Occupy LCC: Students protest over ‘gentrification’ plans

Students are currently occupying University of the Arts London’s (UAL) London College of Communication (LCC) at Elephant and Castle in an all-hours sit-in that has entered its seventh day.

The move is a demonstration against development plans made in a partnership between UAL and property firm Delancey, that the protesters claim will be ‘disastrous’ for the local area and will further the process of ‘aggressive gentrification’ in the area. Elephant and Castle, situated in Southwark, is known as a focal point for the London student, with easy connections to many nearby universities. Southwark Council is due to make decisions regarding planning permission for the developments on Tuesday evening, after the previous meeting resulted in a vote of 4-3 against approving the proposals.

The plans involve the demolition of integral community hubs which includes the Elephant and Castle Shopping Centre – the home of over 100 largely black, Asian and minority-ethnic-owned local businesses. Under the proposed developments, no alternative arrangements have been made for the businesses, and thus they are set to be evicted. Reports state the local bingo hall, London Palace Bingo, a community facility that provides social activity for 7,500 pensioners each week, will also be demolished if the plans are to proceed.

A primary concern of the protesters, in addition to the loss of these facilities, is the proposed housing development. According to current plans, only 3% of its 979 homes will be offered at ‘social rent equivalent’ (which will be let at up to 80% of market rent), a mere fraction of the proportion required by current Elephant and Castle policy. The developers have claimed that to provide the required number of social rented housing will not be financially viable although opponents to the plans have questioned their financial practices and lack of transparency, pointing out that Delancey has a network of companies in offshore tax-havens. Elephant and Castle has been firmly placed at the centre of a pattern of alleged ‘gentrification’ for decades. Most long-term residents acknowledge the controversial demolition of the Heygate Estate, home to 3,000 people, which was demolished from 2011 to 2014, and replaced by Lendlease’s Elephant Park, a luxury housing development which is described as ‘re-inventing city living for the 21st Century’. Some see these developments as ‘regeneration’, however, the recent news that more than half of the luxury apartments built in London last year have failed to sell, gave rise to concern about the intention of the developers.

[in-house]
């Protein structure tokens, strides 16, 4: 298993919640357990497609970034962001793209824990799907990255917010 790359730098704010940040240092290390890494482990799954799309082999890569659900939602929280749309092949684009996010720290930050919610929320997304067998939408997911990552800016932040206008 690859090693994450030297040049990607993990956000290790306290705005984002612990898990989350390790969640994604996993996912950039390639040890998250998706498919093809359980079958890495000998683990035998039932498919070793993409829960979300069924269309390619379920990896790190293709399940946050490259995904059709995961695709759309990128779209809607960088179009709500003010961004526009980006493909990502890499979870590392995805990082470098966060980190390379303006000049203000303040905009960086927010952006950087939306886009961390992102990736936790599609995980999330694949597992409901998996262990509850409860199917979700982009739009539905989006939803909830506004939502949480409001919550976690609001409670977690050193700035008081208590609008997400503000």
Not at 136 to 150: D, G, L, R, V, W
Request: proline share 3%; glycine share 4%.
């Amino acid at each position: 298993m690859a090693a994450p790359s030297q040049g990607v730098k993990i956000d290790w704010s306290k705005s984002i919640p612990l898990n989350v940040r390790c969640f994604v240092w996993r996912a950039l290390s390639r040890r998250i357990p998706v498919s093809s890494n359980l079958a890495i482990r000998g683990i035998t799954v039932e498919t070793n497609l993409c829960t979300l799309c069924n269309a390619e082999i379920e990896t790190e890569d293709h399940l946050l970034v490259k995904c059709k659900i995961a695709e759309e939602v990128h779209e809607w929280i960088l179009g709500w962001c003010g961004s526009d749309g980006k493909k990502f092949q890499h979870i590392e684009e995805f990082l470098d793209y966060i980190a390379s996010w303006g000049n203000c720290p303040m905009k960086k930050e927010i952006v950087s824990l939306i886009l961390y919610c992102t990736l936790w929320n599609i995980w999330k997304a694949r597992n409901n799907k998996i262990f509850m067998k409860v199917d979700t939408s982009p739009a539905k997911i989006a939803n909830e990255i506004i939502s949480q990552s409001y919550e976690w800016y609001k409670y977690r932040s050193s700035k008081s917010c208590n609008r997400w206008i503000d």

Universities in London have shown their solidarity with the campaign by participating in banner drops and getting the word out surrounding the ‘Stop the Elephant Development’ movement.

Sahaya James, campaigns officer at Arts SU (UAL’s student union), expressed her opposition to the plans and her support for the occupation saying, “We students will not give up. We will not be leaving until UAL listens to our demands and the demands of the community and condemns the plans as what they are: social cleansing.”

In response to the pressure, UAL has been engaging in meetings with representatives of the occupation but has yet to agree to meet any demands and, in response to the sit-in, stated that ‘people’s safety and wellbeing remains our priority alongside the security of our buildings’.

 

This article was contributed by Laura Wormington, KCL student. The campaign can be found at Stop The Elephant Development. Pictures used with permission from the author. 

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